Slav Epic

This week in Mailbox: Czech ice hockey player Jaromir Jagr; the origin of the name Hybernska Street; 'Slav Epic' by Alfons Mucha; street crime in Prague. Listeners quoted: Constantin Liviu Viorel, Romania; Stuart Paterson, UK; Steve Scott; Nicole Buckler, Ireland.

Hello and welcome to Mailbox.

Officially, spring has started here in the Northern Hemisphere but there are few signs of it to be seen here in the Czech Republic. So I guess, we can have one more look back at the Winter Olympics as our regular listener from Romania, Constantin Liviu Viorel, has sent us this question.

"The ice-hockey player Jagr was fantastic. He wears the number 68 and I have information that this number is related to the events from 1968, the Prague Spring and the Russian invasion. Is it true? Please speak about this thing in one of your programmes because I believe that ice hockey fans will be interested."

The male half of the English department told me it is common knowledge that Jagr indeed wears the number 68 on his jersey to honour his countrymen who died during the 1968 Soviet invasion of Czechoslovakia. Jaromir Jagr also told reporters that 1968 was the year in which his grandfather died.

Our listener Stuart Paterson from Lancashire had the following question:

"Who named Hybernska Street in Prague? Was it on the basis of what they found when they were digging the foundations for the buildings that are there today?"

Hybernska Street in Prague was named after the Franciscan monks who were invited to come to Prague in the mid-17th century to take part in the re-catholicisation process of the Czech lands. They built their monastery in the centre of Prague. Ireland was then known in these parts by the name of Hibernia and therefore the monks were called "hyberni", hence the name Hybernska Street. By the way the monastery had a large garden and the monks grew such exotic plants as potatoes and tobacco in it.

Last Monday, Steve Scott from somewhere in cyberspace sent us this question.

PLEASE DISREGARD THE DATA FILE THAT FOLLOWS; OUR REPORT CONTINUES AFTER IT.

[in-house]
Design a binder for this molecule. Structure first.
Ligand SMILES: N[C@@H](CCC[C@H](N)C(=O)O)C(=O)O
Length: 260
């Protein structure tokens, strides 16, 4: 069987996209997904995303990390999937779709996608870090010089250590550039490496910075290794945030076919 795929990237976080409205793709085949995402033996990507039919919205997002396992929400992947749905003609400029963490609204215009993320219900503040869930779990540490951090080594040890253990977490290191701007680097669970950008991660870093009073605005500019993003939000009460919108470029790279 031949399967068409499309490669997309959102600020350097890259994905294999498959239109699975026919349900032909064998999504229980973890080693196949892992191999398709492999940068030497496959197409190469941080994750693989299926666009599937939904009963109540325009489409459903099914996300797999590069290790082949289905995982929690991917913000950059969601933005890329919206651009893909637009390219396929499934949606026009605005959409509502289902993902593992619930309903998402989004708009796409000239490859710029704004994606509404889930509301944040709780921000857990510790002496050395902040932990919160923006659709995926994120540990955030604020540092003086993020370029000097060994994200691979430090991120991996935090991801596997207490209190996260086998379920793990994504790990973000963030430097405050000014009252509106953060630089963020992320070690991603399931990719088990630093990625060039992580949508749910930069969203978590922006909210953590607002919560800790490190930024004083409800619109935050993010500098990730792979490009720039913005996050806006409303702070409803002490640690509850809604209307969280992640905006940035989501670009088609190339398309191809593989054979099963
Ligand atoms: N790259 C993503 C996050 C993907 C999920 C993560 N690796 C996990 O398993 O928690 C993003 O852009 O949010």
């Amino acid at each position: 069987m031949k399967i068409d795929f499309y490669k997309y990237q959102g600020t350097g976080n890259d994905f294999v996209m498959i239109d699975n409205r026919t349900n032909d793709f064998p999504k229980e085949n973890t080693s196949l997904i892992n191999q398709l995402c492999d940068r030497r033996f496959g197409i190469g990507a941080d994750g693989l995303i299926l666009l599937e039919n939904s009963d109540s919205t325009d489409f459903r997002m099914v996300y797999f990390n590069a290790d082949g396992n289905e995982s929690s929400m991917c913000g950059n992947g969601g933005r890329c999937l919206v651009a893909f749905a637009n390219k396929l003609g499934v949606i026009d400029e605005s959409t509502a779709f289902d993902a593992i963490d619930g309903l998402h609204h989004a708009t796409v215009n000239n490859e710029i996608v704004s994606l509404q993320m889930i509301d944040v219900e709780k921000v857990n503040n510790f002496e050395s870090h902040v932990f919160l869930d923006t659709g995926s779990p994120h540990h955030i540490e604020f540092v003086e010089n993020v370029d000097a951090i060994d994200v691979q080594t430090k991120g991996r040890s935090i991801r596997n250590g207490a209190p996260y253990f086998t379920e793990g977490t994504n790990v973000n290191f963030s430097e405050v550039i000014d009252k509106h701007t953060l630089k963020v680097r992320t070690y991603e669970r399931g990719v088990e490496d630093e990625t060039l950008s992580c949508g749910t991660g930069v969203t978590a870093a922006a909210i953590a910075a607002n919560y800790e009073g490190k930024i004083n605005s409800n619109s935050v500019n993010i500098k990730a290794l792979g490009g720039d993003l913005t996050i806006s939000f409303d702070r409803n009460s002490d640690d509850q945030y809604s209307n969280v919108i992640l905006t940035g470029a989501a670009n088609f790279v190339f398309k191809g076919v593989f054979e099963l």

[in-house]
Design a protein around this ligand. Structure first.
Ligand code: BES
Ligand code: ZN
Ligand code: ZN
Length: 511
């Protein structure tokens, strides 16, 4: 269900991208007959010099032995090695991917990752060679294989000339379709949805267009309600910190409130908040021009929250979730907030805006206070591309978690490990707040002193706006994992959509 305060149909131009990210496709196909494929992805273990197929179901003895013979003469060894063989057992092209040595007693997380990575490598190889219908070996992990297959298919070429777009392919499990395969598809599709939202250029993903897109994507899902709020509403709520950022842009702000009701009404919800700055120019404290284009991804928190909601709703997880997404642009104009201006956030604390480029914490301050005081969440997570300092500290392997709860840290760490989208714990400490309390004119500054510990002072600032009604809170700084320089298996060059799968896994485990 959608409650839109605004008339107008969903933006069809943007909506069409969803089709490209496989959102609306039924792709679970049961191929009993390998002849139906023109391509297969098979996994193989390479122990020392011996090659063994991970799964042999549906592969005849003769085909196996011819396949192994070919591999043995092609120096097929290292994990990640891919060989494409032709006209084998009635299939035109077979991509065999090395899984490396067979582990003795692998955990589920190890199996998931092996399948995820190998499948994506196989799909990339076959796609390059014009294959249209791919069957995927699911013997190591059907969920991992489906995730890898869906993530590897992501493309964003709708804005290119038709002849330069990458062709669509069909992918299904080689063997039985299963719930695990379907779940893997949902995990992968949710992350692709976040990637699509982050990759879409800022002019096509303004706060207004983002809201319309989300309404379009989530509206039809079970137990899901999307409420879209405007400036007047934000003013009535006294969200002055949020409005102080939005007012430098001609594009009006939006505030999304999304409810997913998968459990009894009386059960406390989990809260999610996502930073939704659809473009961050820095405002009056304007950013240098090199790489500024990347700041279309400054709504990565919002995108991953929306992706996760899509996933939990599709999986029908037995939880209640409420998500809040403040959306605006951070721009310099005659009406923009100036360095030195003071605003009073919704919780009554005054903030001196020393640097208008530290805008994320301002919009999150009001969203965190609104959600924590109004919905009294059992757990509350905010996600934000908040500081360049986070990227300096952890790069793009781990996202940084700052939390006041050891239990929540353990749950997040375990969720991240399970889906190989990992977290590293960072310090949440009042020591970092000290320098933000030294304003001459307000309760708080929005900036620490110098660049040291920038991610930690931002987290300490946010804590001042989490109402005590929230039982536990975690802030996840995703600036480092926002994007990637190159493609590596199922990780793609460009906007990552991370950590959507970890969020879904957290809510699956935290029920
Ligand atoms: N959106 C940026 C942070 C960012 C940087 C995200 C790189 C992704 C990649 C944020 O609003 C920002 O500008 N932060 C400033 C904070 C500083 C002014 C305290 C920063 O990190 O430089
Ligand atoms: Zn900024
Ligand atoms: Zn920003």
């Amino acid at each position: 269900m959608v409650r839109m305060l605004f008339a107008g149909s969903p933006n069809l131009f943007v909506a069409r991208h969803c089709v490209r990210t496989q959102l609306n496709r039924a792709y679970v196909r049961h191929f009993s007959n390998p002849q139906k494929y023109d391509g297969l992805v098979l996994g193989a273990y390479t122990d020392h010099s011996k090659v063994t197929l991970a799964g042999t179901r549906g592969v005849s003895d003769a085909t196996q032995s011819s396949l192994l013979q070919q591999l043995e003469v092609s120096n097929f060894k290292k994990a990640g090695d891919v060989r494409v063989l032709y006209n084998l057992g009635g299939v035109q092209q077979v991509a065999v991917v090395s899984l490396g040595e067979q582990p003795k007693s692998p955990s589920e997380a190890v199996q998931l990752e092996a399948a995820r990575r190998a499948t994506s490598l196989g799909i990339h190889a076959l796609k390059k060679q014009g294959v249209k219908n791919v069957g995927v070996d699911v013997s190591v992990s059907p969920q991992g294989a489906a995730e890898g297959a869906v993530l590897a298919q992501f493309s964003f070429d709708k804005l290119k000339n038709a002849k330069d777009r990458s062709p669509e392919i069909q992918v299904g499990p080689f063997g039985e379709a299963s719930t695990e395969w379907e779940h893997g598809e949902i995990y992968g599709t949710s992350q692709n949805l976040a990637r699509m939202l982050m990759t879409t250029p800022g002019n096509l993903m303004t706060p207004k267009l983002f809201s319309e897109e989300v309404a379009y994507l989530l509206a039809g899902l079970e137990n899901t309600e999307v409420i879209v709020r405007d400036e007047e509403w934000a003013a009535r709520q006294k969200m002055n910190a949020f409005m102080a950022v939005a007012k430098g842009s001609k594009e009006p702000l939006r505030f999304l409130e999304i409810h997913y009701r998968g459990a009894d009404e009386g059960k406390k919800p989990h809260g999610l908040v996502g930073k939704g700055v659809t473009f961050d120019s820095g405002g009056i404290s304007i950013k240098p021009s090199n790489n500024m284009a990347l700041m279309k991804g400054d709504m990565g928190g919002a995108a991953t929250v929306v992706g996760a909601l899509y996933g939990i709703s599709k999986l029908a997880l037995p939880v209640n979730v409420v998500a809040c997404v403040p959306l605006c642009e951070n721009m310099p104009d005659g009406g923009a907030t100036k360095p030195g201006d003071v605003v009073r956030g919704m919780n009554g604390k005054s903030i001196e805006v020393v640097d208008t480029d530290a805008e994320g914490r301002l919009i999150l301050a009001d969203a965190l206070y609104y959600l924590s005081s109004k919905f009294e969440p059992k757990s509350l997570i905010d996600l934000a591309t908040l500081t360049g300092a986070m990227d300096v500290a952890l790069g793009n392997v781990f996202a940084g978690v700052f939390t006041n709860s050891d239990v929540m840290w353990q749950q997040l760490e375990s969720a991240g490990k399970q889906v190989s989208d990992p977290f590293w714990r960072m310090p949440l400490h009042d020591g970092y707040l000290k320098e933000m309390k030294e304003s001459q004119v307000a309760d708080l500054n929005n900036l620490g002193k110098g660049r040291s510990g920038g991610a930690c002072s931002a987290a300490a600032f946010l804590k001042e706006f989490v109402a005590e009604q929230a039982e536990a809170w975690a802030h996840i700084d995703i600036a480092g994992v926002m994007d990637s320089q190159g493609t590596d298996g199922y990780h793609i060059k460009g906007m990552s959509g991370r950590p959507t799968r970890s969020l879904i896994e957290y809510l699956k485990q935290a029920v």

"Is there a place where one can view Mucha's 'Slav Epic'?"

Before I could answer the question in Mailbox, there was some new development in the matter and the query was answered on Wednesday in a report by Jan Velinger who also explains what the 'Slav Epic' is.

"Back in 1928 the American weekly 'Time' noted its monumental completion: The Epic of Slavic History, or Slav Epic as it is known now. Twenty paintings so enormous, the weekly described Mucha as working on step-ladders to get them done. The series took the great Czech painter 18 years to complete, and when it was finished he donated it to the Czech capital. He even designed a building for the collection in Prague, which was never built. The series, though for a time displayed at Prague's famous Veletrzni Palace, was later moved to the small Moravian town of Moravsky Krumlov - where it can be seen to this day."

But now the latest news is that on Tuesday, Prague city councillors officially approved plans for a new pavilion to be built in Prague's Stromovka Park which will house the Slav Epic. Completed in 1928, the series celebrates the mythical beginnings and legendary milestones in Slav history. Until now the series has lacked a 'permanent' home, which is now due to change.

And staying with the city of Prague, this is what Nicole Buckler from Ireland wrote to us in her long e-mail.

"Within the space of four days, we were pickpocketed to the tune of 1000 euro between us, ripped off in a taxi, nearly hurt when a fight between locals broke out next to us, consistently ripped off in restaurants, treated rudely and with contempt and disdain, and even witnessed a robbery in front of us. Nearly every tourist we had spoken to had been pickpocketed. One old man at our hotel had even had his insulin stolen. Prague is a beautiful city with an amazing history and fantastic monuments. However this does not mean anything if you do not assume your duty of care towards tourists."

In her e-mail Nicole suggested that the Czech authorities introduce a separate tourist police force and also an information campaign. Well, all we can say that Nicole must have experienced an awful lot of bad luck and we are very sorry to hear that. Tourists in every capital city need to be on their guard. In Prague, tourists are regularly warned by announcements on trams, and now there are also signs in the metro and on the trams, urging tourists to beware of pickpockets - many of whom actually converge on Prague in the main tourist season from other Eastern European countries.

We are just about out of time, so before I say good bye, let me repeat Radio Prague's competition question for March.

"Which person who was born and lived in what is now the Czech Republic has been dubbed the 'father of genetics'?"

You still have until next Friday to send us the answer to [email protected] or Radio Prague, 12099, Prague, Czech Republic. Thank you for all your letters and comments and please keep them coming.